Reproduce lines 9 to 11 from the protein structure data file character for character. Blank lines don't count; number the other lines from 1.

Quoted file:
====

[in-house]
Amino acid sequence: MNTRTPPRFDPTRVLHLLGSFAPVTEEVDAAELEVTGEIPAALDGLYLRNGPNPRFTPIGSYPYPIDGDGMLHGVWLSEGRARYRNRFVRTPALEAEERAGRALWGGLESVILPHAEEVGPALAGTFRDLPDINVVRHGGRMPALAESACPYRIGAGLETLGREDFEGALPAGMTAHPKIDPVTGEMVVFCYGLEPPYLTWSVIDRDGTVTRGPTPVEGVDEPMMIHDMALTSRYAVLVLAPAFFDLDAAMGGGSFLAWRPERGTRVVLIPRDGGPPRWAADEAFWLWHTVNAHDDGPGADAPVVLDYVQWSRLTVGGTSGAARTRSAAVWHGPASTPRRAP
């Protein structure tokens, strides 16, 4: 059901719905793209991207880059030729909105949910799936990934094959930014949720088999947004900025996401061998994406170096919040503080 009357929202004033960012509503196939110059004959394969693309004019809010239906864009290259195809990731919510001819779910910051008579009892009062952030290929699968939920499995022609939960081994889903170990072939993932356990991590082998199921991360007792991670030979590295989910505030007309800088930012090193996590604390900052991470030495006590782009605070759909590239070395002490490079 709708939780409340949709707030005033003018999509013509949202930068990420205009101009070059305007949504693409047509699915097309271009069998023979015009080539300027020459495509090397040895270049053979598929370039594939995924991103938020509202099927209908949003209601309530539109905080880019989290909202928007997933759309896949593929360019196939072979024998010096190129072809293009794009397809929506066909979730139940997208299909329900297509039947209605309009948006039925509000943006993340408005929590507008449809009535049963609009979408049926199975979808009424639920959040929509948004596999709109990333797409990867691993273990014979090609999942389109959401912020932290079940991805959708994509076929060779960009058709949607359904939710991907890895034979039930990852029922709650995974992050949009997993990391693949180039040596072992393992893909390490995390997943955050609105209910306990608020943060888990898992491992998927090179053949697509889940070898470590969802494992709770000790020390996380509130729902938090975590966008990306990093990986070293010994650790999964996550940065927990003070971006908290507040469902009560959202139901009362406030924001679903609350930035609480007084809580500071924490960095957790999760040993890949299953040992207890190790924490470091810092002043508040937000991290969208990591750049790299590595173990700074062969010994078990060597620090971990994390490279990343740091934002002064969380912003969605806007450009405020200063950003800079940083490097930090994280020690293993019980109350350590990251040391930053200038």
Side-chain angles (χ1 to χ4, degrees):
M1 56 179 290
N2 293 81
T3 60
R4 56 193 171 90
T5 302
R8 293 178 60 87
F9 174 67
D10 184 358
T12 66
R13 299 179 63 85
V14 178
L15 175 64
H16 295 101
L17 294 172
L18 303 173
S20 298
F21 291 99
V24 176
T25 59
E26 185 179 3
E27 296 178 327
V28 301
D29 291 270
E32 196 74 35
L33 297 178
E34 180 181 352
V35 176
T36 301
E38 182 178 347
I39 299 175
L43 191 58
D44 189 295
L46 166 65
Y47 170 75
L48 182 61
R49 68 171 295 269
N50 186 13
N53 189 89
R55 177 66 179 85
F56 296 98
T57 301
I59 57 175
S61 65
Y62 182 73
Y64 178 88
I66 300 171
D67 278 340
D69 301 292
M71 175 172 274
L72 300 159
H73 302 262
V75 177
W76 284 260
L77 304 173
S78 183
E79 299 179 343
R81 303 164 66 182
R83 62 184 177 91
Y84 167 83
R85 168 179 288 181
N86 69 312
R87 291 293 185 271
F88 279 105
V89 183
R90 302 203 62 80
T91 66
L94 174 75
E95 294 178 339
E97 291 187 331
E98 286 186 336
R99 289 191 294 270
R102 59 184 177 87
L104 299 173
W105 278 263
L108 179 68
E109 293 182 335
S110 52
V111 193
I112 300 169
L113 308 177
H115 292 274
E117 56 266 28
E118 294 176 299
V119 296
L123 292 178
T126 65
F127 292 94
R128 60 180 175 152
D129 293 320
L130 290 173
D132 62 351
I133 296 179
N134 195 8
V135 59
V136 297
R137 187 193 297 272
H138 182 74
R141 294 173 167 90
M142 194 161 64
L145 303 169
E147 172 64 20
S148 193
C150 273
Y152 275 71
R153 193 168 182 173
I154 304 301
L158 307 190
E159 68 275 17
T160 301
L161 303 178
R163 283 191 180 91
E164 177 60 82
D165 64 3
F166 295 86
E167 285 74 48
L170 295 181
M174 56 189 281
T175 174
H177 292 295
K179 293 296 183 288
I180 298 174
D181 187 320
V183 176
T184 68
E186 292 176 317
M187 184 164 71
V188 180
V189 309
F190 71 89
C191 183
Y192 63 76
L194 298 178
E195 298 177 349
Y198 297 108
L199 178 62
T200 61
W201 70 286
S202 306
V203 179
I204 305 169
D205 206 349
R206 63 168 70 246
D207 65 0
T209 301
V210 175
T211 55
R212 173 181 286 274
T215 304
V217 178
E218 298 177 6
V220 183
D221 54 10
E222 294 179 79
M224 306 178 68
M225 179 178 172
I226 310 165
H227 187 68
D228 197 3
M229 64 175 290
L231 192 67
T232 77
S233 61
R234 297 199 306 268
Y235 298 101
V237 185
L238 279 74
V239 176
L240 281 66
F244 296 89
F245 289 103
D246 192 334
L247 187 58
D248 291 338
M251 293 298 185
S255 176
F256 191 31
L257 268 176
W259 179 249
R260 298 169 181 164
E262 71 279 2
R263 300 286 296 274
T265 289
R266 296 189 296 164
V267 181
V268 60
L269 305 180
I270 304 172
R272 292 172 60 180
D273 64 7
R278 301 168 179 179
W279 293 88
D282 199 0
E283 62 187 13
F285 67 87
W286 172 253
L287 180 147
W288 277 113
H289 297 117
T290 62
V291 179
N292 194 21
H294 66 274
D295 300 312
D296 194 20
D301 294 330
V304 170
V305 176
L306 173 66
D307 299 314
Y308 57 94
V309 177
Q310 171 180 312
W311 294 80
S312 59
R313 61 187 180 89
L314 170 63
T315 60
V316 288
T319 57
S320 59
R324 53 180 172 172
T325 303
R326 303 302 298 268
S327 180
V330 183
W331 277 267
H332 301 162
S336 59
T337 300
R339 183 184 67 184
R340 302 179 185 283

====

T5 302
R8 293 178 60 87
F9 174 67